(Report by Asako)
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Tokyo Free Walking Tour has regular tours every Saturday and has irregular tours in weekdays and Sundays.
If you are in Tokyo, why not come and join us?
Visit our website, Facebook and tripadvisor for the latest schedule!

Tour Report on Saturday, June 24

Many thanks for having participated in our tour at the East Gardens of the Imperial Palace on June 24. We welcomed 75 guests from 23 countries. In spite of hot and muggy weather, I hope you could enjoy the moment and the instant kimono afterwards.

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In the Japanese history there was the time when the government died during the Warring States period in the 15th to 16th century for about 140 years until the peaceful Edo period. There was a strong samurai feudal warlord, poet and a Buddhist monk named Dokan Ohta known for constructing the original Edo Castle at the age of 25. It was 150 years before the Tokugawa’s modern castle was built in the same place. The first Shogun of the Edo period, Ieyasu Tokugawa remodeled and expanded the castle over the foundation made by Dokan.

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Although Dokan’s castle was not as great as the Tokugawa’s exquisite one, the fortresses were considered to be sufficiently secure from every kind of attack from the enemies at that time. Apparently Dokan fought in about 30 battles and never failed in the Kanto region.
There were about 200 fortified castles in the area and Dokan selected Edo for its topography and the possibility of economic growth. Dokan was the lord of the castle for 30 years.In fact the site was the place where earlier the Edo family had kept their residence.
Unbelievably he was assassinated by his boss in the conspiracy typical of the lawless period. Many people in the Kanto destrict even now keep in their mind that Dokan was the person to build the original Edo Castle, create a path to prosperity and died a tragic death even though 560 years have passed.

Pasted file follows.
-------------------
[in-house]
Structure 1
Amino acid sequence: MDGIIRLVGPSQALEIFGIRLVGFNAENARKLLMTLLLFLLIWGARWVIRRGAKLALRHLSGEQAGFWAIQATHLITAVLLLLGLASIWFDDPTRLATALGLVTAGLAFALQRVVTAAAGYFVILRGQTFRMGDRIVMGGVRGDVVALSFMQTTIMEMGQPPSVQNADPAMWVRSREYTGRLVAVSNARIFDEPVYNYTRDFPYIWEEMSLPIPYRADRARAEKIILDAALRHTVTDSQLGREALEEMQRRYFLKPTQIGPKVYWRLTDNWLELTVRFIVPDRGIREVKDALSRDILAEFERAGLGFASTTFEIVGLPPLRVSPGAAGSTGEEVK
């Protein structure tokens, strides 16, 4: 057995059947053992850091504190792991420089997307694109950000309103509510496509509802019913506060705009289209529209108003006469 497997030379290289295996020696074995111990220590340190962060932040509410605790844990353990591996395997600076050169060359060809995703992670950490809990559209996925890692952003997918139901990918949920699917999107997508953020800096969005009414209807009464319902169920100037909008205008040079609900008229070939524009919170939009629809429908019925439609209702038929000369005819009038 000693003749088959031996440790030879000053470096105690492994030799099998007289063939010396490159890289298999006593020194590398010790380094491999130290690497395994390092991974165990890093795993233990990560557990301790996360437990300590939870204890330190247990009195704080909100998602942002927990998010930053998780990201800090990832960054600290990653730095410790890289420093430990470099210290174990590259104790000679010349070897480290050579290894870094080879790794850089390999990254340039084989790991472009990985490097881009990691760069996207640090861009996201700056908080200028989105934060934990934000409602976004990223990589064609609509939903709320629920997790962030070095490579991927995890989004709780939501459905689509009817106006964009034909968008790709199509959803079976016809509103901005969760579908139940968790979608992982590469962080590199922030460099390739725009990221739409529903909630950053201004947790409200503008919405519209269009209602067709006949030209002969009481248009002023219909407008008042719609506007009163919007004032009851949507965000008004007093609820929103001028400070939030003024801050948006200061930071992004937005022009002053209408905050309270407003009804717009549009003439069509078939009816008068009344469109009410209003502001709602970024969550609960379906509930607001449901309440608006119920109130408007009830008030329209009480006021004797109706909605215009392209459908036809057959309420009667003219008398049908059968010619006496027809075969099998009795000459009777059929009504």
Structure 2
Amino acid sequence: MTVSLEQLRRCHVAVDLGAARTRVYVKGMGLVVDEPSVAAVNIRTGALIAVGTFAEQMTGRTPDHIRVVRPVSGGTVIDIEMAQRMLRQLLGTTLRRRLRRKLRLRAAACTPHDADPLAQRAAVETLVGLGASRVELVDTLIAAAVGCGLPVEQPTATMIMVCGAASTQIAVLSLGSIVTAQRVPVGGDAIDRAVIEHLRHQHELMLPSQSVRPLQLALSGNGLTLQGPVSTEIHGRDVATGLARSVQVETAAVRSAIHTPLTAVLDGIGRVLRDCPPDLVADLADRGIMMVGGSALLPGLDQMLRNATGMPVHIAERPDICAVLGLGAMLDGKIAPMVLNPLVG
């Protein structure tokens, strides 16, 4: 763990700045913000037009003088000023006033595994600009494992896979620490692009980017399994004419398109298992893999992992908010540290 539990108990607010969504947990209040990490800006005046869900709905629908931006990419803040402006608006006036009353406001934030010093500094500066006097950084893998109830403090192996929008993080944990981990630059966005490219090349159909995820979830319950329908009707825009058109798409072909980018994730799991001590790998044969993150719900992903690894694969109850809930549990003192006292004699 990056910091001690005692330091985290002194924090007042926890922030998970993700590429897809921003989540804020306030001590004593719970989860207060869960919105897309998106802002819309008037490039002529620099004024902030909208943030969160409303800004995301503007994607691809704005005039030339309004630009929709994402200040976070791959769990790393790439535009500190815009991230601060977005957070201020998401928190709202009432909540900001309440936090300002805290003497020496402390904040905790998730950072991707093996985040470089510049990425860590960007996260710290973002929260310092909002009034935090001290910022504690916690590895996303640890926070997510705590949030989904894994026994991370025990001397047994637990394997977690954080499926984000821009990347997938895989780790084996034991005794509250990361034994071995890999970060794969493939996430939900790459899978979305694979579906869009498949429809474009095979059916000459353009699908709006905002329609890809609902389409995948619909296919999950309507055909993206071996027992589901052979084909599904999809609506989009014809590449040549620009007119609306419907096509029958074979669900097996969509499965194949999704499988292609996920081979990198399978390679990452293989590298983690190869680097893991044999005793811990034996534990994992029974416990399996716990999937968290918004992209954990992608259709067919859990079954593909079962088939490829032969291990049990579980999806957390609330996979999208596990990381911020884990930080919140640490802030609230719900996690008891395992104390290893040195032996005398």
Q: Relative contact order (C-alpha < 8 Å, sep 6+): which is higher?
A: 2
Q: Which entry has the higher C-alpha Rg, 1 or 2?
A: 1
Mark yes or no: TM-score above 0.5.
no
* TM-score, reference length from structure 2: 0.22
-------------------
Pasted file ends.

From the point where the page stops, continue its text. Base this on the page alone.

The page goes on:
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There are twelve bronze statues of Dokan in the Kanto mostly at the battle sites. Outside Hirakawa Mon Gate, the last of our guiding spots at the East Gardens, a stone monument of Dokan Ohta silently stands behind the tree.
Let’s get together at our tour and share the Japanese history, culture, etc. with you.

(Posted by Yoshi)

Tour Report on 17 June 2017, Saturday

On that day we welcomed around 45 people from Australia, U.K., Singapore, USA, Canada, Chile, Spain, Hong Kong, India, Denmark, France, Phillipines, Vietnam, Argentina, and Switzerland. We divided into 7 groups. It was sunny and hot in the afternoon.

Recently, front square of Tokyo Station has become wide-open so we can have a better view of surrounding area including a white building just next to the Tokyo Station.

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The building is central post office, which was established in 1931. It looks simple but that was advanced-garde style in that era. It is called modernism style like BAUHAUS in Germany. Compared to Tokyo Station established in 1914, it is very simplified. It may be said that this style is basis for modern architecture, which emphasises functionality rather than goergeousness with decoration. One can learn history of architecture by standing on the square.

The building was renovated in 2012 so that the white building is combined with high-rise glass building. Left side of the building turned to be shopping mall with stairwell from the ground to the top. The white building was preserved as a cultural heritage just as Tokyo Station building was.

From rooftop of the white building one can view the Tokyo Station from the above and its front square and Shinkansen (bullet trains) on platforms.